“I was afraid of that,” she said. “That’s going to get messy. These, are they paved roads or bridges?”
The Black Queen was pointing at the four grey streaks representing the bridges going into Belles Portes, and Abigail told her as much.
“How broad is the river?” Her Majesty asked.
“At the bridges, around twenty five feet,” the temporary general said. “It’s broader further west, going towards the source. Stays about the same going east, though a mile downriver it’ll start splitting and narrowing.”
The queen frowned at the map pensively. Abigail cleared her throat.
“If you’re thinking of using munitions on it, ma’am, we’ve already tried,” she said. “General Nauk had our sappers take a look, wanted to use that to repulse the first attack. It’s frozen too deep, though, took an entire cart of demolition charges and it didn’t spread all that far.”
“Munitions aren’t what I have in mind,” the Queen of Callow calmly replied. “General, if we hold until sundown our retreat is assured. Cracking the river will buy us that breathing room, but only if you can push the enemy out of the city first. We need a moat, not an obstruction.”
Abigail tried to think of a very polite, professional way of saying that this couldn’t be done but it wasn’t her fault. While she was considering what would work best, the Black Queen pressed on.
“I’ll be taking five hundred drow and Special Tribune Robber’s cohort with me,” Her Majesty continued in that same even tone, eyes remaining peeled on the parchment. “That grants you three thousand and a half fresh warriors to break the deadlock.”
“They’re dug in good, ma’am,” General Abigail said. “Unless the drow can scale walls barehanded-”
“They can,” Catherine Foundling casually said, like it was nothing out of the ordinary. “While light infantry and currently no more physically able than humans, they have extensive training in raiding tactics. I’d suggest you send a number of them here-”
The Queen of Callow’s finger tapped the boundary line between Beaumontant and Couteau D’Or, which by Abigail’s reckoning was a line of tightly-packed merchant homes facing outwards.
“- to split the Levantines up, then thin your right flank to reinforce your left,” she mused. “A hard assault on this ‘Couteau D’Or’ quarter will have them packed tight in the open when they draw back into Beaumontant, and a few sapper companies can bloody them into retreat from there.”
General Abigail squinted down. The right flank had better hard defences, it was true – she’d had a guild house’s lower level barred and turned the flat rooftop into a shooting galley for her crossbowmen – and it would hold against attack for a while even if thinned. With the recommended distraction and enough forces moved to bolster an assault on the left flank, this could possibly work. That’d still leave a pack of very angry Levantines with their blood up holding Belles Portes, though, and that quarter was the door to Sarcella. As long as the Dominion had their foothold there they’d keep bringing in troops. If the Levantines mounted a hard counterattack after the Third Army had left its defensive positions, the quarters it had taken might be just as soon taken back – and it wouldn’t stop there, Abigail knew. With the kind of losses that the assaults would bring, the Third Army might end up driven out of Sarcella entirely. That’d be the end of them, with the Levantine cavalry hacking them to pieces as they retreated into the plains.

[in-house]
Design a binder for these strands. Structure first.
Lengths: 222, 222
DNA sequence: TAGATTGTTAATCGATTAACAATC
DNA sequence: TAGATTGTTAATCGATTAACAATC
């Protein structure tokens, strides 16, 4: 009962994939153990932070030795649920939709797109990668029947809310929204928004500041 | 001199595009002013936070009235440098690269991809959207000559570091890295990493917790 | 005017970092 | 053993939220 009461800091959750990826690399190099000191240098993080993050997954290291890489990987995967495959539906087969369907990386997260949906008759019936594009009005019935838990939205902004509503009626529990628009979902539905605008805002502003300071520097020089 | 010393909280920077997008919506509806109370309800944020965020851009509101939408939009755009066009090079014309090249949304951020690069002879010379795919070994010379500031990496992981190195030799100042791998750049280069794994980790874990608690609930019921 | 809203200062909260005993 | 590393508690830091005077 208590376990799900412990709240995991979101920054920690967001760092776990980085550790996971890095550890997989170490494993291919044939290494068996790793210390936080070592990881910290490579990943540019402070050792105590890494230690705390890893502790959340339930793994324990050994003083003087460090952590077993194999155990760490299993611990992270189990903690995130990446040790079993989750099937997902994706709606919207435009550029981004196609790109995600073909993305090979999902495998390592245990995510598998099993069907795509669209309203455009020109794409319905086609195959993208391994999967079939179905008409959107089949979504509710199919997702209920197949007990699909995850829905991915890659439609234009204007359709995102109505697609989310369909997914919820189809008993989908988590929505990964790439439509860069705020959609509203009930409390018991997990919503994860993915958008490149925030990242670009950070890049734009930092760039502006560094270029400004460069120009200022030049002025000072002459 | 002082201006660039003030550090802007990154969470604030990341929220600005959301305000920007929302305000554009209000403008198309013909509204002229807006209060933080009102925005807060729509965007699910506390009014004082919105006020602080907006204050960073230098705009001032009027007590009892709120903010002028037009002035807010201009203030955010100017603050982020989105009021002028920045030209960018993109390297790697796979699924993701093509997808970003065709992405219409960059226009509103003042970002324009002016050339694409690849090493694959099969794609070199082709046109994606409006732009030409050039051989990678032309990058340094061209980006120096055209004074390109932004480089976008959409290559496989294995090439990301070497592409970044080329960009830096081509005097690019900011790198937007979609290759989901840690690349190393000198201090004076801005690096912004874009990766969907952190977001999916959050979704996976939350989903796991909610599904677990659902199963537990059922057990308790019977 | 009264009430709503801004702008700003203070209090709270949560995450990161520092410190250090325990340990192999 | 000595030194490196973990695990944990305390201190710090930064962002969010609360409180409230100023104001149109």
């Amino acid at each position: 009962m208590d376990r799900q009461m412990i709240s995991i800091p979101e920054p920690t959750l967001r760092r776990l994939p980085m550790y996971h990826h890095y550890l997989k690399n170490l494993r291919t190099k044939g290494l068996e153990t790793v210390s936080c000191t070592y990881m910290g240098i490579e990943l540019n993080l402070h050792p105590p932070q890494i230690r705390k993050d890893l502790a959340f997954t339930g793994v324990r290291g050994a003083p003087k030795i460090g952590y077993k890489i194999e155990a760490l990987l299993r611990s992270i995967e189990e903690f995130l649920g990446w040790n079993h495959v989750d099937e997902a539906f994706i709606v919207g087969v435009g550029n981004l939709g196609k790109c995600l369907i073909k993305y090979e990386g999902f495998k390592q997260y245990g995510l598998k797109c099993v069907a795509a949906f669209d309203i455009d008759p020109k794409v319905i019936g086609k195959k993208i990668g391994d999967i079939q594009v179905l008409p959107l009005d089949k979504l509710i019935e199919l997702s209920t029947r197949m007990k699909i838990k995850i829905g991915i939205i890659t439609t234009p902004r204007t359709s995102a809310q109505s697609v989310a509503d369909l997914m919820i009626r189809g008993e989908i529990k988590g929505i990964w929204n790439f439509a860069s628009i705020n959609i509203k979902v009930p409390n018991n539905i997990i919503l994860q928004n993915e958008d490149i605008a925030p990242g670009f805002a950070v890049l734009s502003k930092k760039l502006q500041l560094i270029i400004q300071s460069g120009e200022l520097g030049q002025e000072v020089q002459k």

“That’s only workable if the river is cracked,” General Abigail finally said. “And unless you intend on taking less than a thousand light infantry out onto plains where the Dominion fields at least that much in cavalry, to get to the river you’d need to go through Belles Portes – which we can’t take, until the river is cracked.”
The Black Queen smiled, thin and sharp and just a little mad.
“There’s another way through, as it happens,” she said.
Abigail followed where the gloved finger was pointing on the map. She choked.
“That’s the part that’s on fire, Your Majesty,” she said.
“So it is,” Catherine Foundling cheerfully said. “Get ready for the offensive, general. I’ll want it beginning within an hour.”
The Black Queen patted her shoulder once more and limped out of the war room, humming what Abigail was pretty sure was the opening notes of the Lord of the Silver Spears. She was also, the leader of – temporary leader, Abigail corrected – of the Third Army noted, still holding that half-empty bottle of Vale summer wine.
“Tribune Krolem,” she whispered. “I need you to looking into something.”
The orc leaned forward eagerly.